Cooperation Worked in UK Terror Plot But Challenges Remain

Sen. Gorton was a member of The National Commission on Terrorist Attacks Upon the United States (also known as the 9-11 Commission).

Perhaps our initial response to Thursday's foiled terrorist attack should be to congratulate the Brits' MI5 and its associated law enforcement agencies for a job well done. Discovering, monitoring, and waiting to arrest a group of dangerous potential terrorists until the largest number could be taken into custody with the most evidence to convict was great work.

Second, we should note the fine international information sharing and cooperation. Both the FBI here and Pakistani agencies worked with the Brits to make the case and, in the Pakistanis' case, to make arrests. This is just the kind of joint work that was so tragically missing in the days and years leading up to 9/11.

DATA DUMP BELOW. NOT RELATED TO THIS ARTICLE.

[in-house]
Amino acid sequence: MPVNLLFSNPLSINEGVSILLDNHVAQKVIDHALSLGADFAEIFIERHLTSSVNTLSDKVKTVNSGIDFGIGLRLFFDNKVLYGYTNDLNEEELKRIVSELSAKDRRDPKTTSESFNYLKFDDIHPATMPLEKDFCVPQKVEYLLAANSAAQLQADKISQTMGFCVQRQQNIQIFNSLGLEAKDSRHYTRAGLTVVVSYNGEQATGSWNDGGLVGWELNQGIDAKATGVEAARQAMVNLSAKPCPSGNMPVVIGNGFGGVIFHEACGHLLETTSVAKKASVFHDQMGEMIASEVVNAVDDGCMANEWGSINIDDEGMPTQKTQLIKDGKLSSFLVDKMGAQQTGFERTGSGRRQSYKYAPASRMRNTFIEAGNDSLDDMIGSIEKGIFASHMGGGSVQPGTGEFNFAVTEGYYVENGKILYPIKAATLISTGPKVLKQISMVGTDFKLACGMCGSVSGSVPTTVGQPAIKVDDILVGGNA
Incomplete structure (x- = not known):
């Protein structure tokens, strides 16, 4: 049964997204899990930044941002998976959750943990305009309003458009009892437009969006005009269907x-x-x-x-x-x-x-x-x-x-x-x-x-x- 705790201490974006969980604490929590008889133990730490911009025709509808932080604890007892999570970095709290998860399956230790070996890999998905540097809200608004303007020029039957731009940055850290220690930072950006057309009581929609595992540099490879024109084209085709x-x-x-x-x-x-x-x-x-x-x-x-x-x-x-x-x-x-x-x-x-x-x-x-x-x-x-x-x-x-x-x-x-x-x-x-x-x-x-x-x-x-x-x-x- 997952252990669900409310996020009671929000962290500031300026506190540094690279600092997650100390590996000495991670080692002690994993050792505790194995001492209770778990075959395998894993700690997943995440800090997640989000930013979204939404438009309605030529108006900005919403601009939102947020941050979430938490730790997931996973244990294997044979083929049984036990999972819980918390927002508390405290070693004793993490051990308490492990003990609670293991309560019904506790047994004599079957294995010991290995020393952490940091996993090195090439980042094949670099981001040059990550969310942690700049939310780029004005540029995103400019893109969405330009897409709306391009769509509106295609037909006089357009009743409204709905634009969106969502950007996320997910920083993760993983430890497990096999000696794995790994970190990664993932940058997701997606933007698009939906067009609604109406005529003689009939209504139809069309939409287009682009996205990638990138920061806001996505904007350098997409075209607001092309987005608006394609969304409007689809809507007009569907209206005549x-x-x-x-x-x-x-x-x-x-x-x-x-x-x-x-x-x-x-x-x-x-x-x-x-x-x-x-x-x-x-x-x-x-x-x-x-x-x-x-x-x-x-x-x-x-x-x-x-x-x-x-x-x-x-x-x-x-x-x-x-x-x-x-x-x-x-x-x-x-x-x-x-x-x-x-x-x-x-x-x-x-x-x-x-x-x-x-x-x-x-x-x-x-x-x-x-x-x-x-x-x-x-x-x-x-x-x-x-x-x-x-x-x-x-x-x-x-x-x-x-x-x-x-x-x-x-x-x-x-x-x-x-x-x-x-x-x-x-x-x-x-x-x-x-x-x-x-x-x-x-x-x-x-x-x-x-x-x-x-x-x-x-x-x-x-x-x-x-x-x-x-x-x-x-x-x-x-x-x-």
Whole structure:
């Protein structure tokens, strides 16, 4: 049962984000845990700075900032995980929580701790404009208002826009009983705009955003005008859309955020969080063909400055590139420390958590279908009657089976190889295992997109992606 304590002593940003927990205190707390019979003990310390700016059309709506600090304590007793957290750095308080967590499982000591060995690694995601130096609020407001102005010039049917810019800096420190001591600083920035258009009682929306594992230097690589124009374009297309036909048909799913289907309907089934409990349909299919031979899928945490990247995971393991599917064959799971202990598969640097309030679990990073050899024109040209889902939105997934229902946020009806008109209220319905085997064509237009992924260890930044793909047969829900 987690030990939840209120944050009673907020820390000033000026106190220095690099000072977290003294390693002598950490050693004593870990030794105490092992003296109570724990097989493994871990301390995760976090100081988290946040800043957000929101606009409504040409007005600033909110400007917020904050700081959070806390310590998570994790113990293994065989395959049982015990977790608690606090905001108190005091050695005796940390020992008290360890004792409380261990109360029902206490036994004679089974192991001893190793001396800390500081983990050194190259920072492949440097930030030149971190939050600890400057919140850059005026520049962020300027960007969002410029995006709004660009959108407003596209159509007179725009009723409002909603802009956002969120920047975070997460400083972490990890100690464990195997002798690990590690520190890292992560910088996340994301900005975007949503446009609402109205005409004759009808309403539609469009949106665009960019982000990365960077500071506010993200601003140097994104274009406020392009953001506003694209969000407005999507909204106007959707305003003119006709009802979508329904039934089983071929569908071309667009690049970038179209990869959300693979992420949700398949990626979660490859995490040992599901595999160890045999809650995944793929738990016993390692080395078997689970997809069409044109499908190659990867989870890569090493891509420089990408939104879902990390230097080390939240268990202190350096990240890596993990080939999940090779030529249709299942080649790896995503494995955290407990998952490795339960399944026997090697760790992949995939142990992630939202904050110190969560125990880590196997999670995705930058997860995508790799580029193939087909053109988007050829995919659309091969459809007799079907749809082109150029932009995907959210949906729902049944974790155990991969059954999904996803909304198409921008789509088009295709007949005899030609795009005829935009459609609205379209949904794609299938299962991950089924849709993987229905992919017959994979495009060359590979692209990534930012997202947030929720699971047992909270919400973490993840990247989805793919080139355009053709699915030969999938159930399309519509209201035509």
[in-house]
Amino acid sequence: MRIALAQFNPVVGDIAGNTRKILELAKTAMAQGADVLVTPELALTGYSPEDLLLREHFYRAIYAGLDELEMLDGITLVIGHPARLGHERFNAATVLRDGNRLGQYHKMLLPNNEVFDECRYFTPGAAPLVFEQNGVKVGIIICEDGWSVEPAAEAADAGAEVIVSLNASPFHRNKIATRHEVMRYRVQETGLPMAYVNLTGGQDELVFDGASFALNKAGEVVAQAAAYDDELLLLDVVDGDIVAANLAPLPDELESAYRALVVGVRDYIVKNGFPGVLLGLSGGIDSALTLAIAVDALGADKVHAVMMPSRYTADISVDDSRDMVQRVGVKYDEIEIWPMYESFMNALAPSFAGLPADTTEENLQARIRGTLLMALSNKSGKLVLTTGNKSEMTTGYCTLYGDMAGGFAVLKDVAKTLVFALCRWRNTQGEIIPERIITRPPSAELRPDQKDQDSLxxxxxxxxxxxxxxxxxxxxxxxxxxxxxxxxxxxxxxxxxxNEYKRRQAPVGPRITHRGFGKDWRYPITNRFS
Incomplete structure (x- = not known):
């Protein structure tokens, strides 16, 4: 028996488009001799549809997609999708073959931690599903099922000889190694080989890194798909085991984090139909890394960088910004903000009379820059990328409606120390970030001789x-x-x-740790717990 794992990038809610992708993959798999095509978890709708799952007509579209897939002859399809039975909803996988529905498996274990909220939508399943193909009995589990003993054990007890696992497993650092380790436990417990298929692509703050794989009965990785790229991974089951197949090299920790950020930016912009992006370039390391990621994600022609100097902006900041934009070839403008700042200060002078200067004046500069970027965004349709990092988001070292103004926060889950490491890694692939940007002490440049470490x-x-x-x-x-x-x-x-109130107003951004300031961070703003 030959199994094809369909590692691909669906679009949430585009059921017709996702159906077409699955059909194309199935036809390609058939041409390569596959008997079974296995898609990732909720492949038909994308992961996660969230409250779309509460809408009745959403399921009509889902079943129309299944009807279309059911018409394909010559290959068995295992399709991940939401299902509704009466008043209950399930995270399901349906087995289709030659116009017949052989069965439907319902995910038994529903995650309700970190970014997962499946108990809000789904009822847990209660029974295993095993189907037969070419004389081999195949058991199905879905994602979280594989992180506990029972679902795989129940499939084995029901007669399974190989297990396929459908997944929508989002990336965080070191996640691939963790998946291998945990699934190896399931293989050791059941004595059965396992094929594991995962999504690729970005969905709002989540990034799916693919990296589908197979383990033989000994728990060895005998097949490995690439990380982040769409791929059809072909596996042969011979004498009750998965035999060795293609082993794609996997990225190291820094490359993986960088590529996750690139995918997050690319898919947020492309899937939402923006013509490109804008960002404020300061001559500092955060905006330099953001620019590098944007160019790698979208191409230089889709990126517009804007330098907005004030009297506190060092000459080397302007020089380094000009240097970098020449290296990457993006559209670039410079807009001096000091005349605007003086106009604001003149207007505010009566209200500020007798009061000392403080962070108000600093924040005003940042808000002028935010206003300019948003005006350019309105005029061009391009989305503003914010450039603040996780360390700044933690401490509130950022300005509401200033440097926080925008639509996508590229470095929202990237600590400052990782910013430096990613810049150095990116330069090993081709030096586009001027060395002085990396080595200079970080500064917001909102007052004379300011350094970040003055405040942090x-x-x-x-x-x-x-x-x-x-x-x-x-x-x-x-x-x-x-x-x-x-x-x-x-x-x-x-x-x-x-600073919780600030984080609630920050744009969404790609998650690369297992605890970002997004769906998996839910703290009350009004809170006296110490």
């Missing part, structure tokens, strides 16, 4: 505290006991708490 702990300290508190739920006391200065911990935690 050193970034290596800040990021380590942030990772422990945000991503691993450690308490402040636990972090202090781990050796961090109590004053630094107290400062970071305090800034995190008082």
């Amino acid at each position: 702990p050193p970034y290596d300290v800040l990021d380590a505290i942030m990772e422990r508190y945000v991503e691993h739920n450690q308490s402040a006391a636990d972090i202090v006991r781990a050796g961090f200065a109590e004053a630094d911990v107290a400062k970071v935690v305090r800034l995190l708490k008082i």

Third, we were reminded once again that airplanes are still the weapons of choice for ambitious would-be terrorists and that a heavy emphasis on aircraft security is an appropriate priority.

Fourth, we can take modest comfort in the fact that DHS was not caught totally surprised by an unexpected new form of in-air terrorism. The good news is that DHS has been researching just the kind of threat these extremists present; the bad news is that the department has yet to come up with a practical detecting device.

Finally, we need to remember that the religious and political ideas motivating these people have been around for centuries and will not be eliminated anytime soon. We are in a long war against this enemy, must be constantly both on our guard and proactive, and must use our collective imaginations to sniff out new threats.